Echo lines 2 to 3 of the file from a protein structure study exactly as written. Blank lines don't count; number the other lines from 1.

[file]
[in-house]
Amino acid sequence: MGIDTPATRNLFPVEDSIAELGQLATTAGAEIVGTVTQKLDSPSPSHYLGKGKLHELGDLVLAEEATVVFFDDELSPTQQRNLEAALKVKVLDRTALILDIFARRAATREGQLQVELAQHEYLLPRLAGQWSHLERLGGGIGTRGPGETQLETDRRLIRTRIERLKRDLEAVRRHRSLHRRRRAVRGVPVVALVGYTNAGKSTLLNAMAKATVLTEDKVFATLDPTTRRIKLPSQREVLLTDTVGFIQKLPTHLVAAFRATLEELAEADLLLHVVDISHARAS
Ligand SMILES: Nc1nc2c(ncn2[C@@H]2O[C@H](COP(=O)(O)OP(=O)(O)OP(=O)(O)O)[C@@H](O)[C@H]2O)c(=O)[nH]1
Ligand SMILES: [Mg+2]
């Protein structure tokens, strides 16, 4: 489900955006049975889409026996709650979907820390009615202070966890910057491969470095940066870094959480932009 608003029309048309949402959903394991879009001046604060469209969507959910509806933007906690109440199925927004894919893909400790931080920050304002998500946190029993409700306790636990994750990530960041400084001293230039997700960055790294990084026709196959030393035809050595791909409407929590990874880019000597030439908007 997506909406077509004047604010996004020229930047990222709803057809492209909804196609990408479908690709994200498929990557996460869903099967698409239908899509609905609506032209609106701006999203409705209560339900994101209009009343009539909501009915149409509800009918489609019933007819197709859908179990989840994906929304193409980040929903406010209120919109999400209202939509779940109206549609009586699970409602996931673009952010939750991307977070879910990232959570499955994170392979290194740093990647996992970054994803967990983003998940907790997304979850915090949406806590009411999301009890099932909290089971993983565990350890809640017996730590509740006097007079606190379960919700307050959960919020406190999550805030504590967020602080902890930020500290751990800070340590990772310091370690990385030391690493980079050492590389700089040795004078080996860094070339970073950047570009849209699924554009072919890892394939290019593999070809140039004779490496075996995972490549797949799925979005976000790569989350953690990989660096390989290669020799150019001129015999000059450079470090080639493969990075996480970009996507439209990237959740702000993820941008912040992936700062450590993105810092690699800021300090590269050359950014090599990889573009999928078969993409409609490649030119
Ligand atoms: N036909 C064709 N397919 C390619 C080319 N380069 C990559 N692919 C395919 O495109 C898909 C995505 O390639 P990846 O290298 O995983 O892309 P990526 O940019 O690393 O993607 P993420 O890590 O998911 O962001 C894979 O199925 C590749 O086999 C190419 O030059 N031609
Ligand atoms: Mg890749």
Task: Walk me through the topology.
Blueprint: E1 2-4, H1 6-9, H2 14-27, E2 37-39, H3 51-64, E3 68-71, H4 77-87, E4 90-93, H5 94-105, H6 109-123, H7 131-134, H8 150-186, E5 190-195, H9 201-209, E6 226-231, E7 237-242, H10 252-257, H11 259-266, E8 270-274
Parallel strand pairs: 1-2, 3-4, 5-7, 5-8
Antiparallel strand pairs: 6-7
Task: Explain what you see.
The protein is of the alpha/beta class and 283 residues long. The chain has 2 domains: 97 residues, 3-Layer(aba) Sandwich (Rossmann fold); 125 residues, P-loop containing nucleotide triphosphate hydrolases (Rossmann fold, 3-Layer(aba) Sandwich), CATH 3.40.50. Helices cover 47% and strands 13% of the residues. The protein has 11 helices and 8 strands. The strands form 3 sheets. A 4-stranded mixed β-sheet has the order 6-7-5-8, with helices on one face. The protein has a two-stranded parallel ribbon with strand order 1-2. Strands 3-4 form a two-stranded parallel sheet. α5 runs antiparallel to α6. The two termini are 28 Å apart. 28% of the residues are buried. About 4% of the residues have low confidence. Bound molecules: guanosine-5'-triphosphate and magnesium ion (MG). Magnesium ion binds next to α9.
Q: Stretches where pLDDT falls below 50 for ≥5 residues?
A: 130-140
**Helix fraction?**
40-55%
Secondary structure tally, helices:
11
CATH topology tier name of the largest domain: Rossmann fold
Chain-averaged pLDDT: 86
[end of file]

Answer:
Amino acid sequence: MGIDTPATRNLFPVEDSIAELGQLATTAGAEIVGTVTQKLDSPSPSHYLGKGKLHELGDLVLAEEATVVFFDDELSPTQQRNLEAALKVKVLDRTALILDIFARRAATREGQLQVELAQHEYLLPRLAGQWSHLERLGGGIGTRGPGETQLETDRRLIRTRIERLKRDLEAVRRHRSLHRRRRAVRGVPVVALVGYTNAGKSTLLNAMAKATVLTEDKVFATLDPTTRRIKLPSQREVLLTDTVGFIQKLPTHLVAAFRATLEELAEADLLLHVVDISHARAS
Ligand SMILES: Nc1nc2c(ncn2[C@@H]2O[C@H](COP(=O)(O)OP(=O)(O)OP(=O)(O)O)[C@@H](O)[C@H]2O)c(=O)[nH]1